clock menu more-arrow no yes

Filed under:

3 things we learned from Wisconsin’s win over Northwestern

New, 6 comments

Wisconsin remains in solid shape in the Big Ten West.

Wisconsin v Northwestern Photo by Jonathan Daniel/Getty Images

Wisconsin’s defense came up big yet again

What a performance by defensive coordinator Justin Wilcox’s squad. Northwestern quarterback Clayton Thorson came into the game third in the Big Ten in passing yards per game and touchdown passes. Justin Jackson gashed Wisconsin the past two seasons, and former walk-on receiver Austin Carr is the conference leader in receptions, receiving yards and touchdowns.

The Wildcats ran for only 39 yards as a team inside Ryan Field with Jackson, only 132 yards away from 1,000, being held to 42 on 13 carries. That allowed the Badgers to key in on the passing game. Carr got his receptions (12 for 132 yards and one touchdown) and there were some missed tackles that led to big plays, but Wisconsin only allowed 316 total yards and 5-of-18 third-down conversions in a 21-7 win.

As seen in critical points of the season, they made big plays. After placekicker Andrew Endicott missed a 51-yard field goal wide right in the third quarter, Northwestern went to work on an eight-play, 34-yard drive to the UW 19-yard line. A holding call and some stout defense forced a third-and-21. Conor Sheehy sacked Thorson, who fumbled the ball that was recovered by safety D’Cota Dixon, who would then return it 22 yards.

That play changed the course of the game, taking it from what felt like a possible 14-13 Northwestern lead to a 21-7 Wisconsin advantage after running back Corey Clement scored from two yards out (plus Alec Ingold’s two-point conversion).

Safety Leo Musso continued his solid 2016 campaign, leading the team in tackles with nine. Former walk-on Ryan Connelly, in yet another great game replacing the injured Jack Cichy, tallied eight stops (one for loss) in the win.

This defense is something special. Remember this.

It’s the Jazz Peavy Show, and we’re just living in it

The redshirt junior tallied 119 yards on offense and 144 all-purpose yards on the day. Peavy caught four passes for 73 yards, but his big play came in the running game when he took an end-around 46 yards for a touchdown.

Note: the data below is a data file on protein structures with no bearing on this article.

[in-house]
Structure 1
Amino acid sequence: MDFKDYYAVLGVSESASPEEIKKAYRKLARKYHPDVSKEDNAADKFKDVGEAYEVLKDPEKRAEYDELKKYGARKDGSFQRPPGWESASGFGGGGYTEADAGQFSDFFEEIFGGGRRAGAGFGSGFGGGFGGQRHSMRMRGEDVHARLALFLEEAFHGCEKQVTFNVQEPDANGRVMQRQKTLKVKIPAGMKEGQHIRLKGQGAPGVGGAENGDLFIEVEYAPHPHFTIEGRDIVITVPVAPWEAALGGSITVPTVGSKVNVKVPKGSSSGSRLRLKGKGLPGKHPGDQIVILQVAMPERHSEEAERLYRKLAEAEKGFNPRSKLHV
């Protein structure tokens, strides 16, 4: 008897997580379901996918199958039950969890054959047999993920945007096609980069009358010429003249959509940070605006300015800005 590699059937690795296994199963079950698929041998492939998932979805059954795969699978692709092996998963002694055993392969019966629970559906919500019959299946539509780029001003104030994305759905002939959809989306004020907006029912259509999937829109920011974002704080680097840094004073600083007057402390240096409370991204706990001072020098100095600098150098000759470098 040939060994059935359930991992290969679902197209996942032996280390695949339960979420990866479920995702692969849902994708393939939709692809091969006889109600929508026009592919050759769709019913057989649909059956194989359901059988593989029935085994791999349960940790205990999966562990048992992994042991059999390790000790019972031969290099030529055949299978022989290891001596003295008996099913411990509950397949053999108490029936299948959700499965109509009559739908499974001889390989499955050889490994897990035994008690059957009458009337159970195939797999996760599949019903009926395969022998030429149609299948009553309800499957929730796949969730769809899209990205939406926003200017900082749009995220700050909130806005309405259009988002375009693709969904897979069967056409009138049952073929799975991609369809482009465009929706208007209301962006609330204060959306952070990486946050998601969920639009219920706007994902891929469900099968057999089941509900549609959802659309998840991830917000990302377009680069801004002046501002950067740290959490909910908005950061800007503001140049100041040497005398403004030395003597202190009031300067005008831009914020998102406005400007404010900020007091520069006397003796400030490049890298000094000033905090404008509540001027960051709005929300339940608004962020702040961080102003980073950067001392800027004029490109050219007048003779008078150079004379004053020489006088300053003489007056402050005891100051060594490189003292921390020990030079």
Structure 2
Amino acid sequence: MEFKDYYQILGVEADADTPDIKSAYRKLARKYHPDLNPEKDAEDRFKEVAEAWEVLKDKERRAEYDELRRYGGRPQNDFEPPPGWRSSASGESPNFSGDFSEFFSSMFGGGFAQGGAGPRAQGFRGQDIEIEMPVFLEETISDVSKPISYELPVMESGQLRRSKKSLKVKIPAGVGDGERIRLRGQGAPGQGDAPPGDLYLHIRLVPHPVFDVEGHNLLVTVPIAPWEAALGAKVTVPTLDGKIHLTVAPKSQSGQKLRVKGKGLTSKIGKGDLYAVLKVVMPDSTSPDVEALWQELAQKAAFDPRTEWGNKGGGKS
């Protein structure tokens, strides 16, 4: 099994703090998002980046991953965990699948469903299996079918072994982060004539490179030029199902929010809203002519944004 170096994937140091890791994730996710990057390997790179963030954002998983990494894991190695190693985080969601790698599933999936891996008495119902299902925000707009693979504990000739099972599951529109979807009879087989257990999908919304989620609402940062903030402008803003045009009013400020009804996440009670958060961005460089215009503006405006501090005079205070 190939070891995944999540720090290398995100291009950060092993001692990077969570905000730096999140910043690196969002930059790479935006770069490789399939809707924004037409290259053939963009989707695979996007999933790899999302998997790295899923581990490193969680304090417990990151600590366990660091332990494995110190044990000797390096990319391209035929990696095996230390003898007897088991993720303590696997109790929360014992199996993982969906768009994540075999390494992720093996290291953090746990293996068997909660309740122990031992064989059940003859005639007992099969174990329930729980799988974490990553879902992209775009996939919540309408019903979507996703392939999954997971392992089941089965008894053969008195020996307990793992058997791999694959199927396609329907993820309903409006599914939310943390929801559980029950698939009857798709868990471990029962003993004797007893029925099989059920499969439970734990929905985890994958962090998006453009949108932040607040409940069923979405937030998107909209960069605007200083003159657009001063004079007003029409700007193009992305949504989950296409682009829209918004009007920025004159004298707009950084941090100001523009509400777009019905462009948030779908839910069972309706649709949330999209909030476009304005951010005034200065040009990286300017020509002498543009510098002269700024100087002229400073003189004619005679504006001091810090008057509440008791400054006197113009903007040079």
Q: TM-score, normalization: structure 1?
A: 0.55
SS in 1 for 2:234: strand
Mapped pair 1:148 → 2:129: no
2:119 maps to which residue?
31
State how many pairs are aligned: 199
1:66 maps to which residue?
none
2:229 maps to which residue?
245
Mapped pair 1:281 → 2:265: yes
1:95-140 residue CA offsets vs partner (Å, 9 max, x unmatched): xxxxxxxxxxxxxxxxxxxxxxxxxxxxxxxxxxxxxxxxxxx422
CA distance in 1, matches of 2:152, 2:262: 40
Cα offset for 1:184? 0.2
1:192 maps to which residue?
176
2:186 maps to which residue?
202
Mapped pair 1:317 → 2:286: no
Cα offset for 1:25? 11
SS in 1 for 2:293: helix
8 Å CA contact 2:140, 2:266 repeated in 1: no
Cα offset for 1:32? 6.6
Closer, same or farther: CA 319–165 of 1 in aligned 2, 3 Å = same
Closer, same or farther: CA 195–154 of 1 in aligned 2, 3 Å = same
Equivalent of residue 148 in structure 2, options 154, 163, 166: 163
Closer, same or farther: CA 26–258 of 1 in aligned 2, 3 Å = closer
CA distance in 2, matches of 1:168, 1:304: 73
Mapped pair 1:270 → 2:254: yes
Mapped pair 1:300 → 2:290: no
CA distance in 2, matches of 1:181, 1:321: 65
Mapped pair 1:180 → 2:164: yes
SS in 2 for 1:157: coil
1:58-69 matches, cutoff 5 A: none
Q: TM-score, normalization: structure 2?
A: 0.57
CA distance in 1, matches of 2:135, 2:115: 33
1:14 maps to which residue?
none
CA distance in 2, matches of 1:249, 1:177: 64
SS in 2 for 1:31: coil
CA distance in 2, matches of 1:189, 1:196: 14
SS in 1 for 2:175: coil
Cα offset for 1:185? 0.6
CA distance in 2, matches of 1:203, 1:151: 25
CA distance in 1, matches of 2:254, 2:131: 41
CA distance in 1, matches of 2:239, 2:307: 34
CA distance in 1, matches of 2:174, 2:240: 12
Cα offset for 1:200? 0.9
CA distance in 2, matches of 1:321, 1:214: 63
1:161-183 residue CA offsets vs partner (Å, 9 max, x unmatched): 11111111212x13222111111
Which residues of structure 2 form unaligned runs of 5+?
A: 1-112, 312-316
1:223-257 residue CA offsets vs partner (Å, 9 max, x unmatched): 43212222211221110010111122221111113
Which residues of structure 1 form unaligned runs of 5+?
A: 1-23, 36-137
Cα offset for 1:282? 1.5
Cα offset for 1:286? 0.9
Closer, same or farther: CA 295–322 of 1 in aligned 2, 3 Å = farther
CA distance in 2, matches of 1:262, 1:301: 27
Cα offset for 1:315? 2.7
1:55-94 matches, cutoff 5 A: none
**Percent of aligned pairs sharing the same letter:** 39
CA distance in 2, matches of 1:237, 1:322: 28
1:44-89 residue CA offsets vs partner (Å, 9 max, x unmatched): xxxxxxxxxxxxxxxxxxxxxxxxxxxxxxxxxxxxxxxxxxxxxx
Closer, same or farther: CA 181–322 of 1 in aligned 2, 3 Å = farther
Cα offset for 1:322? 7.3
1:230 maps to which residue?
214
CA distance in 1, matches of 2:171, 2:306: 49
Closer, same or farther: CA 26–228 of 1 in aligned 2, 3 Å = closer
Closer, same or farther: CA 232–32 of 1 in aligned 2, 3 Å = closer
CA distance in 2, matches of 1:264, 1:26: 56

The Kenosha, Wis., native went from the left side of the field behind a block of left tackle Ryan Ramczyk, then went across it to out run-defenders and give the Badgers a 10-0 lead in the second quarter.

On special teams, Peavy returned a punt 24 yards in the third quarter. That drive led to an Andrew Endicott 28-yard field goal to make it a 13-7 game.

Peavy came into the game second on the team in receptions (27) and leading it in receiving yards (408). He’ll be tied for the team lead in catches after Saturday’s game, and has shown he is a reliable target on the field and a threat in multiple phases of the game.

The Badgers are still in contention for the Big Ten West title

This may become a mainstay in the column until they lose, but Wisconsin still has that chance to get to Indianapolis for the Big Ten Championship Game.

To do so this week, they had to hear about the past 17 years of futility in Evanston. They also faced a potent Northwestern team having won three of its last four with the right players at key skill positions, and having given No. 6 Ohio State fits last week in a 24-20 loss.

History was on Northwestern’s side, but Wisconsin again displayed that #grit and toughness that’s been a cornerstone of its success.

Now, if Ohio State defeats No. 10 Nebraska Saturday night, Wisconsin owns the tiebreaker over the Huskers. Win out, and a shot at a rematch with either (in all likelihood) Michigan or Ohio State is likely, and the outside chance of a College Football Playoff berth remains possible.